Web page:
The limbic lobe is a belt of tissue that runs around the corpus callosum . Its major functions include memory and emotion. The posterior parts of the orbitofrontal cortex, the anterior section of the insula, and the temporal pole have functions akin to the limbic lobe. Hence, they are referred to as paralimbic areas.
The insula is a segment of cerebral cortex that shields the basal ganglia, and lies within the recesses of the lateral sulcus. It has an important role in motor control, emotions and body homeostasis.
The hippocampus is a bunny rabbit shaped section (on sagittal view) that has functions in memory formation as well as special navigation (taxi drivers have very well developed hippocampuses as they have excellent spatial awareness). It lies within the temporal horn of the lateral ventricle.
The fibres from the hippocampus will merge together at the posterior section and form an arch known as the fornix . This is connected to the corpus callosum above by a membrane known as the septum pellucidum. These run forwards and terminate in the mammillary (or ‘nipple like’) bodies that then project to the thalamus via the mamillothalamic tract. This then projects to the cingulate gyrus that completes the loop by sweeping back around the corpus callosum to join the hippocampus.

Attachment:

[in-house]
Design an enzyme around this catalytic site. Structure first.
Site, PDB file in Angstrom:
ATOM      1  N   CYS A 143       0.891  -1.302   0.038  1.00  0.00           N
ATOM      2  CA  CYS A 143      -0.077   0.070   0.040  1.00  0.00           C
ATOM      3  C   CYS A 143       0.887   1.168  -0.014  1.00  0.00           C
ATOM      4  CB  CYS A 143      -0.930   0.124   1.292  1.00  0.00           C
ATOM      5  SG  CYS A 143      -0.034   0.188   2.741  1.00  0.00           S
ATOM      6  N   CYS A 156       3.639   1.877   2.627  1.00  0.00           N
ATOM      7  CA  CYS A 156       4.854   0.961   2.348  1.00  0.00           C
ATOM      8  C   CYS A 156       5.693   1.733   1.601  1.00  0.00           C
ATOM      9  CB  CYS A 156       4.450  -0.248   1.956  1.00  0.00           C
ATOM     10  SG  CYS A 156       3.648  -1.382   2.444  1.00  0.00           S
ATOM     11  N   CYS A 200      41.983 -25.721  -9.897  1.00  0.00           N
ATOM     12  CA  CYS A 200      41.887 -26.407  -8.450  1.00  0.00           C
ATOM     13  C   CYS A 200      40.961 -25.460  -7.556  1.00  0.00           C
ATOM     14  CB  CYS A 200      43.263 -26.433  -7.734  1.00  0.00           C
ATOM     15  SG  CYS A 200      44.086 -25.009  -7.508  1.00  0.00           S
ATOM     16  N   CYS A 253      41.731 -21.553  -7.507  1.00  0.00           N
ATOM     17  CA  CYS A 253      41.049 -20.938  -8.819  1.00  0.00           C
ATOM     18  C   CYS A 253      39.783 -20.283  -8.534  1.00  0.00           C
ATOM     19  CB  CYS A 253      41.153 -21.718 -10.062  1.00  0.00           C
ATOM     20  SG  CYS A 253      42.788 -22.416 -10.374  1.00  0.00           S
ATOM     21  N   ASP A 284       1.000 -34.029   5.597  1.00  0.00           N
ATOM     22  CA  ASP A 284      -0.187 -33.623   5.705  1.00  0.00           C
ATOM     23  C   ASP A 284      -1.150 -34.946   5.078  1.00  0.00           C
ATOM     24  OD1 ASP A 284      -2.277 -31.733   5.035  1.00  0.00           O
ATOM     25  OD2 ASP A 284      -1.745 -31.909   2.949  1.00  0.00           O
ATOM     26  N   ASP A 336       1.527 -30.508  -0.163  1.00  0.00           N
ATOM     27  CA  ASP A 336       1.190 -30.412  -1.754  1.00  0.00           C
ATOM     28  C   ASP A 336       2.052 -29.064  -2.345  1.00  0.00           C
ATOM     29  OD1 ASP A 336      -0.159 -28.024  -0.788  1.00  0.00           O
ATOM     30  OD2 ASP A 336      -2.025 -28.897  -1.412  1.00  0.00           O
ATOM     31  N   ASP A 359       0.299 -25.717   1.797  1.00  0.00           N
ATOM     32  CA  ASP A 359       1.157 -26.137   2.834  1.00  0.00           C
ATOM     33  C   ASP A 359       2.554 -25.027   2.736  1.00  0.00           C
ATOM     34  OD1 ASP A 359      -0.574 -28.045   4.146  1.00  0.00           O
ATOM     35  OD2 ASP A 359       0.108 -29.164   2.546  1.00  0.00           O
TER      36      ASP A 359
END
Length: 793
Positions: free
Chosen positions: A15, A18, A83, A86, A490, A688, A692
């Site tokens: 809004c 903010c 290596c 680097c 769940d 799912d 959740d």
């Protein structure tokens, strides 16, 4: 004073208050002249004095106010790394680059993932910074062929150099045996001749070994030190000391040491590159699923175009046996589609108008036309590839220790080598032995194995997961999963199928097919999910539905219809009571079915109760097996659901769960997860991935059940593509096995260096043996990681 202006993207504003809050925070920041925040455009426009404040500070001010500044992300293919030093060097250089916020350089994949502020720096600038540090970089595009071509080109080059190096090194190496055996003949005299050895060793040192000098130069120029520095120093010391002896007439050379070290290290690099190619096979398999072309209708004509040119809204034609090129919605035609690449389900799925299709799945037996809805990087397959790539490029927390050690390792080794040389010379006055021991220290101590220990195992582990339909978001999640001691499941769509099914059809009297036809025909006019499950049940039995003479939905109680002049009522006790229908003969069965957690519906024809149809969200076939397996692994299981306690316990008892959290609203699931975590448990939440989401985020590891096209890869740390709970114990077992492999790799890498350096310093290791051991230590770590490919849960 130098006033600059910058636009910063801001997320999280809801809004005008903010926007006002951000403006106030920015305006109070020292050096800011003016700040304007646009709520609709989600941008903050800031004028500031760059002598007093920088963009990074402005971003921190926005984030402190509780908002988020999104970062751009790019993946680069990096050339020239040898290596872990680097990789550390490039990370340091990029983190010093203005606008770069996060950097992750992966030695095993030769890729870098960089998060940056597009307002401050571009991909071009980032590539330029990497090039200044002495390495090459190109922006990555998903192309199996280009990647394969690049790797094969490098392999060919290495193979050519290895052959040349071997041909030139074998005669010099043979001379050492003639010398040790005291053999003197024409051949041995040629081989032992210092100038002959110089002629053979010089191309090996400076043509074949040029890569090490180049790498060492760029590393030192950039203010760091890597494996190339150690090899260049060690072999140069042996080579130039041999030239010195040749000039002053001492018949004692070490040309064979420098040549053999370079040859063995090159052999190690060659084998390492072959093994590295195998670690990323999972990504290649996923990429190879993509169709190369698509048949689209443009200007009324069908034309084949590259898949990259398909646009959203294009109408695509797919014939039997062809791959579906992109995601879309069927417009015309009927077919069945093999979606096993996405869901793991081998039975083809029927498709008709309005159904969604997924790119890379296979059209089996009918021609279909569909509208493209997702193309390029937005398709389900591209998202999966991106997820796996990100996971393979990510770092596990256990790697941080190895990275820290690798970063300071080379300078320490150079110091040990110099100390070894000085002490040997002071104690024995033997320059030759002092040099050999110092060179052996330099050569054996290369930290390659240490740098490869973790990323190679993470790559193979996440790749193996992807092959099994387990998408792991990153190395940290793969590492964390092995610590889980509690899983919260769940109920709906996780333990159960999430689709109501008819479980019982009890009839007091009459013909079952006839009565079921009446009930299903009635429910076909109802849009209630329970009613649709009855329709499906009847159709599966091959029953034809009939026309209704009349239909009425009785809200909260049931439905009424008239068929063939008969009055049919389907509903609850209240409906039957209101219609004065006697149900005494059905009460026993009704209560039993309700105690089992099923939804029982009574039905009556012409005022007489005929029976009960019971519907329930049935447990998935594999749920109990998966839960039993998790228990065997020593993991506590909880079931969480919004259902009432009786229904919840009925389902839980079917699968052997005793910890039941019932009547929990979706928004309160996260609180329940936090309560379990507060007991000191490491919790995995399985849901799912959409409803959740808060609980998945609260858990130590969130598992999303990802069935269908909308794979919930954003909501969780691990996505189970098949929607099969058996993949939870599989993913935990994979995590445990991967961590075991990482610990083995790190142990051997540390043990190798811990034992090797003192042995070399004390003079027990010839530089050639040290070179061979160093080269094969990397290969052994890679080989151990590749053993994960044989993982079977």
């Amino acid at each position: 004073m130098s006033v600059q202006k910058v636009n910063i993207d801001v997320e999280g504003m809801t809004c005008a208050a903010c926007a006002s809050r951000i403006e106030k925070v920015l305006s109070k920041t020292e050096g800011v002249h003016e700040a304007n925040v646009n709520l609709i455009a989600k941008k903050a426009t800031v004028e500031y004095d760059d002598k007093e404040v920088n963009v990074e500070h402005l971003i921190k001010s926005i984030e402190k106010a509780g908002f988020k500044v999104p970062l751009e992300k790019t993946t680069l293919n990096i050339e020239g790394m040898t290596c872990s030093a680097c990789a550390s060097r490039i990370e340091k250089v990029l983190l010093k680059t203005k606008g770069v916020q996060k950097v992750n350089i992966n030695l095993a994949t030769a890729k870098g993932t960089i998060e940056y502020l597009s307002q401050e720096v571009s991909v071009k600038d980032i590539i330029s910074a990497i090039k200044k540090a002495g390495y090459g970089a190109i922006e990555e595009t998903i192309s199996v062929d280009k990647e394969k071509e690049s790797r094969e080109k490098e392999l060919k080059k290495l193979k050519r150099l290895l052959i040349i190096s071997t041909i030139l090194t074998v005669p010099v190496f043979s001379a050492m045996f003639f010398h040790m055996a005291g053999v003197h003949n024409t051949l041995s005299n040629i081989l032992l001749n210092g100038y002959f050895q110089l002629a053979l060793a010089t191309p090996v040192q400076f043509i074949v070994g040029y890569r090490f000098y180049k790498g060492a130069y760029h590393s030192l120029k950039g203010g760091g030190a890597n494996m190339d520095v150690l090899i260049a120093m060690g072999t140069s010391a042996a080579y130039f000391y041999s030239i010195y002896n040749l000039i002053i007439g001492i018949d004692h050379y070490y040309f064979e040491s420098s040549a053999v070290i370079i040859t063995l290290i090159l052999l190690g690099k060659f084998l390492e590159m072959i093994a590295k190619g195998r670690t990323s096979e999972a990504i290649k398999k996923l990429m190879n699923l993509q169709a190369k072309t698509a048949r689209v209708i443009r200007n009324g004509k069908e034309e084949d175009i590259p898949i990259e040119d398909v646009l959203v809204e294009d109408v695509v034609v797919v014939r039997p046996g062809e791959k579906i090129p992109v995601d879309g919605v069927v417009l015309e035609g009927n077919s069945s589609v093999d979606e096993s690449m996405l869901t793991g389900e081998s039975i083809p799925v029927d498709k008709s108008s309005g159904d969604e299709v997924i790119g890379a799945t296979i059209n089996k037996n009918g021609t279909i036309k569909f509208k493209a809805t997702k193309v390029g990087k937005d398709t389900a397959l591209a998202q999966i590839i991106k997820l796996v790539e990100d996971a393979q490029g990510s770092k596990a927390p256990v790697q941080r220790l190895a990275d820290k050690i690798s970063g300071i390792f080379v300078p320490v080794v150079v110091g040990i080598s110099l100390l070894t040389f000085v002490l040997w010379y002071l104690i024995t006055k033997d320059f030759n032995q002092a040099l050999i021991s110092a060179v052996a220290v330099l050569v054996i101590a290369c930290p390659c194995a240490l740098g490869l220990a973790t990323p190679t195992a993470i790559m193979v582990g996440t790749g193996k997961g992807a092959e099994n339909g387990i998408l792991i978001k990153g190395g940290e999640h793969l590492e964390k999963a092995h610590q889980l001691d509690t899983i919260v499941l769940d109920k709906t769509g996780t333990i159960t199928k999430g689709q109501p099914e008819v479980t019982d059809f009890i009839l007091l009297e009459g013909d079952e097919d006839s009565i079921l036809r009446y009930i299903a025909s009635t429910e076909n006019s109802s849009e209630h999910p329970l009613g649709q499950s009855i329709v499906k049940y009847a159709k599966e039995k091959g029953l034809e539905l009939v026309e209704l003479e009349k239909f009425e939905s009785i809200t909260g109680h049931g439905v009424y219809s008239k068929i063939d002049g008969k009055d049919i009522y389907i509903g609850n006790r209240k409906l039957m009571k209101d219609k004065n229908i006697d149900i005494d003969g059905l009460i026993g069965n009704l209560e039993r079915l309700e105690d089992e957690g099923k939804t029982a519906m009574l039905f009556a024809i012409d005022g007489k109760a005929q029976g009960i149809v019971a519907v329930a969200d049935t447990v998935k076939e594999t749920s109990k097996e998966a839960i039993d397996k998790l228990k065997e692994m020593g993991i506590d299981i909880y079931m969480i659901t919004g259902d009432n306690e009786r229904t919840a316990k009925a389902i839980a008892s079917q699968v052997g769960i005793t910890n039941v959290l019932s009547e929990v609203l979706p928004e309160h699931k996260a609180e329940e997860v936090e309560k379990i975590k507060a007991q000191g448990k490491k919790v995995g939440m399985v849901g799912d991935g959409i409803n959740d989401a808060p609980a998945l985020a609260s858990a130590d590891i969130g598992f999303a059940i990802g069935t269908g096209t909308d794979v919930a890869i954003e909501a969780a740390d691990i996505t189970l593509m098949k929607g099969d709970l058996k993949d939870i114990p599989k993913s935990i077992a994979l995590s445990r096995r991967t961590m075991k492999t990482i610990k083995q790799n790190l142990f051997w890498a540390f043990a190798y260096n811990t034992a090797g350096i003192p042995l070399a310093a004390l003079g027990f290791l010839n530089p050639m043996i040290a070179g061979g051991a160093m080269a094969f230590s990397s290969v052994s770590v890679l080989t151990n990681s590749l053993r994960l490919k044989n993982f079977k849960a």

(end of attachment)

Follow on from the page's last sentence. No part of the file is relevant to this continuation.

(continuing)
The frontal lobe contains the following:
- the orbitofrontal cortex, which is the main area of inhibition of impulsive behaviors
- the pre-central gyrus i.e. the primary motor cortex
- the Broca’s area (on the left side), which enables us to form words. Broca’s homologue on the right side enables us to interpret body language.
These lobes lie on the superoposterior surface of the brain and are the main site of visual interpretation. They also have a crucial role in the pursuit eye movements we perform e.g. following an object across the horizon, as well as the saccades which draw our eyes to different parts of an object. It also contains the post central gyrus of primary sensory strip. Wernicke’s area lies in the boundary between this lobe and the temporal lobe.
The temporal lobe lies just under the lateral fissure on each cerebral hemisphere. It contains the transverse temporal gyri, which interpret auditory information. The left temporal lobe enables us to understand words and comprehend information.
The occipital lobe contains the primary visual cortex and association visual areas.
This nucleus resembles a cone, and has an outer dark section known as the putamen, and an inner section known as the globus pallidus (which itself is divided into an internal and external segment).
This is a c shaped nucleus with a head, body and tail. They lie on the medial surface of the frontal horn of the lateral ventricles, and are responsible for cognitive function.
The amygdala is an olive sized section of cortical matter that receives input from the olfactory nerves. Thus corresponds to danger detection, and fear.